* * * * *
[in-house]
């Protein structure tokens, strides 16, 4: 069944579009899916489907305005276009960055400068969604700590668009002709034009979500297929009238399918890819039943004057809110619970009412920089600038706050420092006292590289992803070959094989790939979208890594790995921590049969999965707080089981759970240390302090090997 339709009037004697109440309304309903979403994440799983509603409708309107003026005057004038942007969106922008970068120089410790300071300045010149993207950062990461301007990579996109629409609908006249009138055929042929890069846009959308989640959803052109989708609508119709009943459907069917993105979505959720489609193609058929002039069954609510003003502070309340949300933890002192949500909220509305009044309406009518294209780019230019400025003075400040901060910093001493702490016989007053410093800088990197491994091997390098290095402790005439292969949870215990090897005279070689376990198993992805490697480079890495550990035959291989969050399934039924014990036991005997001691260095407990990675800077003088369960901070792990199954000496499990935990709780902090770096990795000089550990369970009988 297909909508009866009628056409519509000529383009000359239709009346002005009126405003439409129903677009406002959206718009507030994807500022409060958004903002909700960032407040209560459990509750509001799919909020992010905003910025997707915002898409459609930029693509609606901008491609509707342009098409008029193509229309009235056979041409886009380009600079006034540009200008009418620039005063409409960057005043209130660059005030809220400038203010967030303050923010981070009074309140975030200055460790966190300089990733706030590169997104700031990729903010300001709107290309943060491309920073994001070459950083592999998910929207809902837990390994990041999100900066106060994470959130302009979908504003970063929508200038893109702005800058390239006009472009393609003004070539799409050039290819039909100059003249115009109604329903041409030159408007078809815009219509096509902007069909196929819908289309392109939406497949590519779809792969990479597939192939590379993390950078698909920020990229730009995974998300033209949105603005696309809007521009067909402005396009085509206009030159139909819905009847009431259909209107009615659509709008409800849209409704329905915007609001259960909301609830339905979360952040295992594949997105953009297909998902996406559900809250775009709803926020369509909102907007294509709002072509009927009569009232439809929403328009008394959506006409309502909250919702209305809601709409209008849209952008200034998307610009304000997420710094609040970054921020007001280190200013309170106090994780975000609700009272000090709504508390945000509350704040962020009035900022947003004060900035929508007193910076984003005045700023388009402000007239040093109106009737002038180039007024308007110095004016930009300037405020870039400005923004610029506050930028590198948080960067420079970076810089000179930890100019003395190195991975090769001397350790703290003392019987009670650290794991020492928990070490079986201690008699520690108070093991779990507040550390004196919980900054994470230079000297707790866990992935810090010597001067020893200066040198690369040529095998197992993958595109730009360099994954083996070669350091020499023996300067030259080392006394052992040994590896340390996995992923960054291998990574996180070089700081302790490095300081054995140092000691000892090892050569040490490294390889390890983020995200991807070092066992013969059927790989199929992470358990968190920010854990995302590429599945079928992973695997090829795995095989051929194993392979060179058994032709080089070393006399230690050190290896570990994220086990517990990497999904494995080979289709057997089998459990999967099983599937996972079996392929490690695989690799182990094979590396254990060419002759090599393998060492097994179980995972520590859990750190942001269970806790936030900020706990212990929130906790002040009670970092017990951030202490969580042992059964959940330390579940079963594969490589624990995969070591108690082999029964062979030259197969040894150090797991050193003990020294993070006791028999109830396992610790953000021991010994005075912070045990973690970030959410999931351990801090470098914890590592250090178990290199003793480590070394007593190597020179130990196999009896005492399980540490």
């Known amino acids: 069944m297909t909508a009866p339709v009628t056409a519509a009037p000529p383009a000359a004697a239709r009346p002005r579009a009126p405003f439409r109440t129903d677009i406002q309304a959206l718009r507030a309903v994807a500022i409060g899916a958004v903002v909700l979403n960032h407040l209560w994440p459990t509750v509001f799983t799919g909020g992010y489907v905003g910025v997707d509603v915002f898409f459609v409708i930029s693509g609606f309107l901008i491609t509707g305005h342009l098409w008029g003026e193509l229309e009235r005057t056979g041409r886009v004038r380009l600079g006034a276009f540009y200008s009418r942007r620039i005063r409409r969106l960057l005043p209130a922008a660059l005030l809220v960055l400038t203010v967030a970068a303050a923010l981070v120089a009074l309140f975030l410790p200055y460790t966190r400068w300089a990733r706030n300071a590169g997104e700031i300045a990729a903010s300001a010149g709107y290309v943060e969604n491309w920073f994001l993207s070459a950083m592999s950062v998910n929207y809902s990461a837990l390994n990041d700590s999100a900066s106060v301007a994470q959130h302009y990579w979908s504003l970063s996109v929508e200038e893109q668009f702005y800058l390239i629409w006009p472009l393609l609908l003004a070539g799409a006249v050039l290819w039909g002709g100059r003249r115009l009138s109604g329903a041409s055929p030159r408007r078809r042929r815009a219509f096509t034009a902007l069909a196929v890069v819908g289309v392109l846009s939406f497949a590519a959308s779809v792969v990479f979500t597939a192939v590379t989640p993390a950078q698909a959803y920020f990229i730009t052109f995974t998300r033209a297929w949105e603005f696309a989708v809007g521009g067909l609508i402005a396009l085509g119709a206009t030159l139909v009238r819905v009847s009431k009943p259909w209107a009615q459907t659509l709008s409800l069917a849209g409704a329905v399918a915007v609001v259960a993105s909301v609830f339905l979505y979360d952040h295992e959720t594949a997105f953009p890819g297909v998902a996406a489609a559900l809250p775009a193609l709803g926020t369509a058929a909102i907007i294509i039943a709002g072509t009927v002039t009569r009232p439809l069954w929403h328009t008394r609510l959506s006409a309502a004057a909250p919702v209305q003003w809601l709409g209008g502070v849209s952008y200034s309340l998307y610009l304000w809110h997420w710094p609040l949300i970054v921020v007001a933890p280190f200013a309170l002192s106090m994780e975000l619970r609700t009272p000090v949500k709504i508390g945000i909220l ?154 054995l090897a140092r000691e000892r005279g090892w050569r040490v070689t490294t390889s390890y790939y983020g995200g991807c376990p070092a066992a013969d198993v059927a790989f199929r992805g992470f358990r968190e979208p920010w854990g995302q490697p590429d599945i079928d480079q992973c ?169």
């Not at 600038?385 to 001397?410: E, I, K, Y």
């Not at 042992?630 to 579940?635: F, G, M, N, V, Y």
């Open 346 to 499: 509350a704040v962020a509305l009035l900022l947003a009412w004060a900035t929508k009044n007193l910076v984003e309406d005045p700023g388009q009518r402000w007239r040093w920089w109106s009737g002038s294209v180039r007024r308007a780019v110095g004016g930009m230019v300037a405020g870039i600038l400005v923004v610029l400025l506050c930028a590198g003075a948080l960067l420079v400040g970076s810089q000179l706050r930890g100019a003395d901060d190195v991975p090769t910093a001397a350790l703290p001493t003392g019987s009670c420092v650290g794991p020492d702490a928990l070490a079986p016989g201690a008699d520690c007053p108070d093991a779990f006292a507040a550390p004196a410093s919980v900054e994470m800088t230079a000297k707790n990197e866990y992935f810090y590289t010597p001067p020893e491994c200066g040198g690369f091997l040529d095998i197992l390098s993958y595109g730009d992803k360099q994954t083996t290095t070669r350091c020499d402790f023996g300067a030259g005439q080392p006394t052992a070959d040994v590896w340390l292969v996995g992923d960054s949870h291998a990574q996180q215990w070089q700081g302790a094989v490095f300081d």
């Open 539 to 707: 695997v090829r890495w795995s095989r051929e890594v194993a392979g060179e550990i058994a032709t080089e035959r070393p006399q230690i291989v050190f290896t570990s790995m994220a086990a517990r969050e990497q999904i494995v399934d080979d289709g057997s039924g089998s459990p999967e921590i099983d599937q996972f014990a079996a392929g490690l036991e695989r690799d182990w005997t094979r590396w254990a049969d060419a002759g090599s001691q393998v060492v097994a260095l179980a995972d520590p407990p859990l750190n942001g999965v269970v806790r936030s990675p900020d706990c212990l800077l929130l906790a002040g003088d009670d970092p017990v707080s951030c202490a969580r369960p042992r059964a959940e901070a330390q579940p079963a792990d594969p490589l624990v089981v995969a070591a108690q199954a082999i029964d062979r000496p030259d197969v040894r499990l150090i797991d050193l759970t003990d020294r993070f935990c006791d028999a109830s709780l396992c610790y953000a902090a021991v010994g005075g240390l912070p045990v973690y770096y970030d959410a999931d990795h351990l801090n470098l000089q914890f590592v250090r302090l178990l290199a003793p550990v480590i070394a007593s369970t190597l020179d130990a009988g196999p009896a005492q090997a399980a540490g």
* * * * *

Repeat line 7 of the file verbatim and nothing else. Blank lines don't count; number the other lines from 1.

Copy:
């Open 539 to 707: 695997v090829r890495w795995s095989r051929e890594v194993a392979g060179e550990i058994a032709t080089e035959r070393p006399q230690i291989v050190f290896t570990s790995m994220a086990a517990r969050e990497q999904i494995v399934d080979d289709g057997s039924g089998s459990p999967e921590i099983d599937q996972f014990a079996a392929g490690l036991e695989r690799d182990w005997t094979r590396w254990a049969d060419a002759g090599s001691q393998v060492v097994a260095l179980a995972d520590p407990p859990l750190n942001g999965v269970v806790r936030s990675p900020d706990c212990l800077l929130l906790a002040g003088d009670d970092p017990v707080s951030c202490a969580r369960p042992r059964a959940e901070a330390q579940p079963a792990d594969p490589l624990v089981v995969a070591a108690q199954a082999i029964d062979r000496p030259d197969v040894r499990l150090i797991d050193l759970t003990d020294r993070f935990c006791d028999a109830s709780l396992c610790y953000a902090a021991v010994g005075g240390l912070p045990v973690y770096y970030d959410a999931d990795h351990l801090n470098l000089q914890f590592v250090r302090l178990l290199a003793p550990v480590i070394a007593s369970t190597l020179d130990a009988g196999p009896a005492q090997a399980a540490g």